Your inner voice is a mechanism that your brain produces when you talk to yourself in your head. It might come up with a single word or vocalize a forceful phrase like “Don’t forget to take your keys with you”. It’s a kind of intrapersonal communication that usually manifests itself in three different ways.
The University of Grenoble( France) conducted a study that analyzed these typologies. They’re as follows:
- Dialogue. It allows you to talk to yourself.
- Condensation. The voice in your head can come in the form of an image, single words, or long sentences.
- Intentionality. The voice might appear for a specific purpose. For example, to help you solve a problem. Alternatively, it can occur randomly and not make much sense.
The purpose of your inner voice
The voice in your head promotes thinking with greater clarity. In fact, its first objective is to serve as a mental instrument for you to reason and reflect on your surrounding reality. Furthermore, it contributes positively to your social relationships. In fact, there’s a direct link between internal dialogue and empathy.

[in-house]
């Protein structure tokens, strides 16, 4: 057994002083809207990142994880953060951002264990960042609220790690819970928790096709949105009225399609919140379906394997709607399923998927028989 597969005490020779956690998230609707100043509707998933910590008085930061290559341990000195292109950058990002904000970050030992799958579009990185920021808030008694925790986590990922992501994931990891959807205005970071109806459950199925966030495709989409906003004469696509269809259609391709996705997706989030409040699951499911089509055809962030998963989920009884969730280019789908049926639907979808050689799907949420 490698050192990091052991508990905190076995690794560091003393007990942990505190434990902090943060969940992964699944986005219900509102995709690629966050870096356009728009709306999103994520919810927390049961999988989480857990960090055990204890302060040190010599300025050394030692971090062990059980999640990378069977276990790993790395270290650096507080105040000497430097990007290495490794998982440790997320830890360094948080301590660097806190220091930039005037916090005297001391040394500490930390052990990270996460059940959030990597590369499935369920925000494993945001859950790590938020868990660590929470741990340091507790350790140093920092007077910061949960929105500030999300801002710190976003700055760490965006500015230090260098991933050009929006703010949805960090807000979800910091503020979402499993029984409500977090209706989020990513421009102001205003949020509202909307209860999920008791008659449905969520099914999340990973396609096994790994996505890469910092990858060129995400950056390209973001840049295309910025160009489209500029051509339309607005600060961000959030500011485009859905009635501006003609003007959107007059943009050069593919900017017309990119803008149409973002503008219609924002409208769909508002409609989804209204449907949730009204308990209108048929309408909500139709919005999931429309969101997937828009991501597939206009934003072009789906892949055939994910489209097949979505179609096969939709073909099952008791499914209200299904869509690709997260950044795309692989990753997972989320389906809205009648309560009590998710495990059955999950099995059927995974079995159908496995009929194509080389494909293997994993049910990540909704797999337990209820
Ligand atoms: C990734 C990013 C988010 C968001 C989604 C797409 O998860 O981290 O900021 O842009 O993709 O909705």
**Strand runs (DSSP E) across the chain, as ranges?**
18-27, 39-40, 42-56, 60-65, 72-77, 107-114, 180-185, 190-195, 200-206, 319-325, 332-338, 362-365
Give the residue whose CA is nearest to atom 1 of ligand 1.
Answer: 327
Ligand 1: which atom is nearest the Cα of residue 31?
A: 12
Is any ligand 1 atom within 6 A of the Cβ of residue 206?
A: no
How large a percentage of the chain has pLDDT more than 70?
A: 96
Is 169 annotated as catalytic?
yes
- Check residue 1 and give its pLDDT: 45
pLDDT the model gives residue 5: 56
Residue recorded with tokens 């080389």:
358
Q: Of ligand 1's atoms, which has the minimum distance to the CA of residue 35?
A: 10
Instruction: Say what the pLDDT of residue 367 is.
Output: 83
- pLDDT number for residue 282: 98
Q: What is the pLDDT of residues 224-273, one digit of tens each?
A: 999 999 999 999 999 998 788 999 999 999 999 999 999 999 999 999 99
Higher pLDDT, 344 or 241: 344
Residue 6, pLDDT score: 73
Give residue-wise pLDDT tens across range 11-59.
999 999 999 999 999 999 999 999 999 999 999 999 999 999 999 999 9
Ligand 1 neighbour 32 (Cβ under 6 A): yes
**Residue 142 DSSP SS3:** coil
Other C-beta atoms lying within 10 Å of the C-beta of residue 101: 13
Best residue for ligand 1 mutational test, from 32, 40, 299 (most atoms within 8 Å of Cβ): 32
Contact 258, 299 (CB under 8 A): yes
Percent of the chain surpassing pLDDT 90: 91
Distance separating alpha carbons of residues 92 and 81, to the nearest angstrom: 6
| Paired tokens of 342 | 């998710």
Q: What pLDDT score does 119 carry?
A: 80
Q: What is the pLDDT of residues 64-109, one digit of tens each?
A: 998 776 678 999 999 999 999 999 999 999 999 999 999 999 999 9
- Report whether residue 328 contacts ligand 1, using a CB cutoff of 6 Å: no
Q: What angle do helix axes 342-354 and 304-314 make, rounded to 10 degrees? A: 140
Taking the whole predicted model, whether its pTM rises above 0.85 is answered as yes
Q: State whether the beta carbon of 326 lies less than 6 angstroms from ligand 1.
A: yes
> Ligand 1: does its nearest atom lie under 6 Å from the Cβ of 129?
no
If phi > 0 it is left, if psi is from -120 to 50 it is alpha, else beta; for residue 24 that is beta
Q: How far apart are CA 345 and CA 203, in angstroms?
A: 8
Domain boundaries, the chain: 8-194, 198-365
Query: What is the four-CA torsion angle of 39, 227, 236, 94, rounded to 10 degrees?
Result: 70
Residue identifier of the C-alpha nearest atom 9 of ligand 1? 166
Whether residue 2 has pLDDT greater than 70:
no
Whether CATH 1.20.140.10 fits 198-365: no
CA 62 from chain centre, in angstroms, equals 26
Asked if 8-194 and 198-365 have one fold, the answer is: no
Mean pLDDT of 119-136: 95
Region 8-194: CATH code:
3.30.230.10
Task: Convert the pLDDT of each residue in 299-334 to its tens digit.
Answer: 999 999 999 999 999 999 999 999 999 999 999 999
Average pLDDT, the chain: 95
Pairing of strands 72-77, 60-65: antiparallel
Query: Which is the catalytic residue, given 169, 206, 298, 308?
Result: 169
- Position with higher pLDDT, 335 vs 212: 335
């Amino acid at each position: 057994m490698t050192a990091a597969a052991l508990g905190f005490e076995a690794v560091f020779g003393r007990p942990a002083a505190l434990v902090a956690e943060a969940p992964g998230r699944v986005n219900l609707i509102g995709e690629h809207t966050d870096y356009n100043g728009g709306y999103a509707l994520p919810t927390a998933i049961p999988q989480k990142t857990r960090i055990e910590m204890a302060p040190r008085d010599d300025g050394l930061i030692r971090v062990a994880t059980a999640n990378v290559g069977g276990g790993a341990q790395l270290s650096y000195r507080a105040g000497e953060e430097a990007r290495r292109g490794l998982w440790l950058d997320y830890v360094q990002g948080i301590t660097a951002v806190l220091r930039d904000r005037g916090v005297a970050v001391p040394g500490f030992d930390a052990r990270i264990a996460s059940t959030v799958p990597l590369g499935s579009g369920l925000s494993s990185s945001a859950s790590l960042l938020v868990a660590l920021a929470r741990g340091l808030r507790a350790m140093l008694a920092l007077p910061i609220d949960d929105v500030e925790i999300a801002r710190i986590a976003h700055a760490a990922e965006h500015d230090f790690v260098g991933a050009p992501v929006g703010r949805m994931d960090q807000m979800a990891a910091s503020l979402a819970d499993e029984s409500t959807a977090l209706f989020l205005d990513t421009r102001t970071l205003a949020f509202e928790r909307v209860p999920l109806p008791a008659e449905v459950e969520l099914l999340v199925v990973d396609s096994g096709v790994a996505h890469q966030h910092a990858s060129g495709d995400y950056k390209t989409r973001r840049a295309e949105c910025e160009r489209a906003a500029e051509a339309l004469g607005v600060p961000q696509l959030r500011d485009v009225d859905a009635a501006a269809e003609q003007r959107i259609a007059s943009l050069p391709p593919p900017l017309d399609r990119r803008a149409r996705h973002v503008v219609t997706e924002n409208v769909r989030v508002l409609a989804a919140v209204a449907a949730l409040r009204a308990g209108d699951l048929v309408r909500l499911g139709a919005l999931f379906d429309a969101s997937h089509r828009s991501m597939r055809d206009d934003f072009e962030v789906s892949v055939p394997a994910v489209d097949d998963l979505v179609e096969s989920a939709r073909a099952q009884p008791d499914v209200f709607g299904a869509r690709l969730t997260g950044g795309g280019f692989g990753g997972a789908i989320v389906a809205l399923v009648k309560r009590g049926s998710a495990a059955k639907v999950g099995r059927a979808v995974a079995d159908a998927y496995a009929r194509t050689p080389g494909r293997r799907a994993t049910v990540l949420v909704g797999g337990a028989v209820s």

Your inner dialogue is a form of introspection that helps you understand and connect with your surroundings. Indeed, if your inner voice talks positively to you, your self-awareness improves and provides you with certain psychological health benefits.
Inner speech is linked to the development of language skills and more complex mental processes such as planning or solving problems.
People who don’t chat to themselves
We all have inner voices but some of us don’t talk to ourselves. This condition in which an individual doesn’t make use of intrapersonal conversation is called aphantasia or mind-eye blindness.